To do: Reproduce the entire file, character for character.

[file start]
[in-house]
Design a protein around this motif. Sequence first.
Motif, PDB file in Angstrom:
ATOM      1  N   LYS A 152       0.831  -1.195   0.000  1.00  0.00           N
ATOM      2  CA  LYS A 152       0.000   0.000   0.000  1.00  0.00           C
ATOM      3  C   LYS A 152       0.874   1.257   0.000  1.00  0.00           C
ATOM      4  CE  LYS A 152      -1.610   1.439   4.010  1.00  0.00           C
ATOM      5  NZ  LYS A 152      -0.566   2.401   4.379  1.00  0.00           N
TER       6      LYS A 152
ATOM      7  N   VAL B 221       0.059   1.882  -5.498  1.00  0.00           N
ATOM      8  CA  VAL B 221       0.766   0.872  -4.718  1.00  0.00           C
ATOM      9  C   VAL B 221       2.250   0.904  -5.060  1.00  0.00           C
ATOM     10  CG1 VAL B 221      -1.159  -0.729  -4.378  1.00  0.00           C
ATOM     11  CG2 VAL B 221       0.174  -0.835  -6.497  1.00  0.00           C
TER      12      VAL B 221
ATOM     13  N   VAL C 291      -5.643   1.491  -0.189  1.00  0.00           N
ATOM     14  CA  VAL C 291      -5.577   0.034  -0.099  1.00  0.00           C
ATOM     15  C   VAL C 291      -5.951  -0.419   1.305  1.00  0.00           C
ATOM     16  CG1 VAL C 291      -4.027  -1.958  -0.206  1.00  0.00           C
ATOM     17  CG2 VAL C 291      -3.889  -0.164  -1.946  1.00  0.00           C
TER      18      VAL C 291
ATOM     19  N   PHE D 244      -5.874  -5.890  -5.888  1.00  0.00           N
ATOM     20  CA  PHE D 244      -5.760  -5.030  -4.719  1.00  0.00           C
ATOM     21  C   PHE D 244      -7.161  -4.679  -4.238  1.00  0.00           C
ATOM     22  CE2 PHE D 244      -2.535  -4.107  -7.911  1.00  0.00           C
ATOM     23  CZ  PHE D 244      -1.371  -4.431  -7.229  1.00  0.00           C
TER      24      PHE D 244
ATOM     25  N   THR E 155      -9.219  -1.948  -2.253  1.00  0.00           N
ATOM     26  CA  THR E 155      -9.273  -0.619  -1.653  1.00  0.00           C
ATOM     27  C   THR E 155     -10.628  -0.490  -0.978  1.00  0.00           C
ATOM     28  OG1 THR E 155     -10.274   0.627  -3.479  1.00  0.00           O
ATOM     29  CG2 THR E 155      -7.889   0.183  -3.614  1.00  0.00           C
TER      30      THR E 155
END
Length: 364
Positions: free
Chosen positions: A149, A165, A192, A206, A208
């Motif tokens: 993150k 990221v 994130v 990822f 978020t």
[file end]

[in-house]
Design a protein around this motif. Sequence first.
Motif, PDB file in Angstrom:
ATOM      1  N   LYS A 152       0.831  -1.195   0.000  1.00  0.00           N
ATOM      2  CA  LYS A 152       0.000   0.000   0.000  1.00  0.00           C
ATOM      3  C   LYS A 152       0.874   1.257   0.000  1.00  0.00           C
ATOM      4  CE  LYS A 152      -1.610   1.439   4.010  1.00  0.00           C
ATOM      5  NZ  LYS A 152      -0.566   2.401   4.379  1.00  0.00           N
TER       6      LYS A 152
ATOM      7  N   VAL B 221       0.059   1.882  -5.498  1.00  0.00           N
ATOM      8  CA  VAL B 221       0.766   0.872  -4.718  1.00  0.00           C
ATOM      9  C   VAL B 221       2.250   0.904  -5.060  1.00  0.00           C
ATOM     10  CG1 VAL B 221      -1.159  -0.729  -4.378  1.00  0.00           C
ATOM     11  CG2 VAL B 221       0.174  -0.835  -6.497  1.00  0.00           C
TER      12      VAL B 221
ATOM     13  N   VAL C 291      -5.643   1.491  -0.189  1.00  0.00           N
ATOM     14  CA  VAL C 291      -5.577   0.034  -0.099  1.00  0.00           C
ATOM     15  C   VAL C 291      -5.951  -0.419   1.305  1.00  0.00           C
ATOM     16  CG1 VAL C 291      -4.027  -1.958  -0.206  1.00  0.00           C
ATOM     17  CG2 VAL C 291      -3.889  -0.164  -1.946  1.00  0.00           C
TER      18      VAL C 291
ATOM     19  N   PHE D 244      -5.874  -5.890  -5.888  1.00  0.00           N
ATOM     20  CA  PHE D 244      -5.760  -5.030  -4.719  1.00  0.00           C
ATOM     21  C   PHE D 244      -7.161  -4.679  -4.238  1.00  0.00           C
ATOM     22  CE2 PHE D 244      -2.535  -4.107  -7.911  1.00  0.00           C
ATOM     23  CZ  PHE D 244      -1.371  -4.431  -7.229  1.00  0.00           C
TER      24      PHE D 244
ATOM     25  N   THR E 155      -9.219  -1.948  -2.253  1.00  0.00           N
ATOM     26  CA  THR E 155      -9.273  -0.619  -1.653  1.00  0.00           C
ATOM     27  C   THR E 155     -10.628  -0.490  -0.978  1.00  0.00           C
ATOM     28  OG1 THR E 155     -10.274   0.627  -3.479  1.00  0.00           O
ATOM     29  CG2 THR E 155      -7.889   0.183  -3.614  1.00  0.00           C
TER      30      THR E 155
END
Length: 364
Positions: free
Chosen positions: A149, A165, A192, A206, A208
């Motif tokens: 993150k 990221v 994130v 990822f 978020t």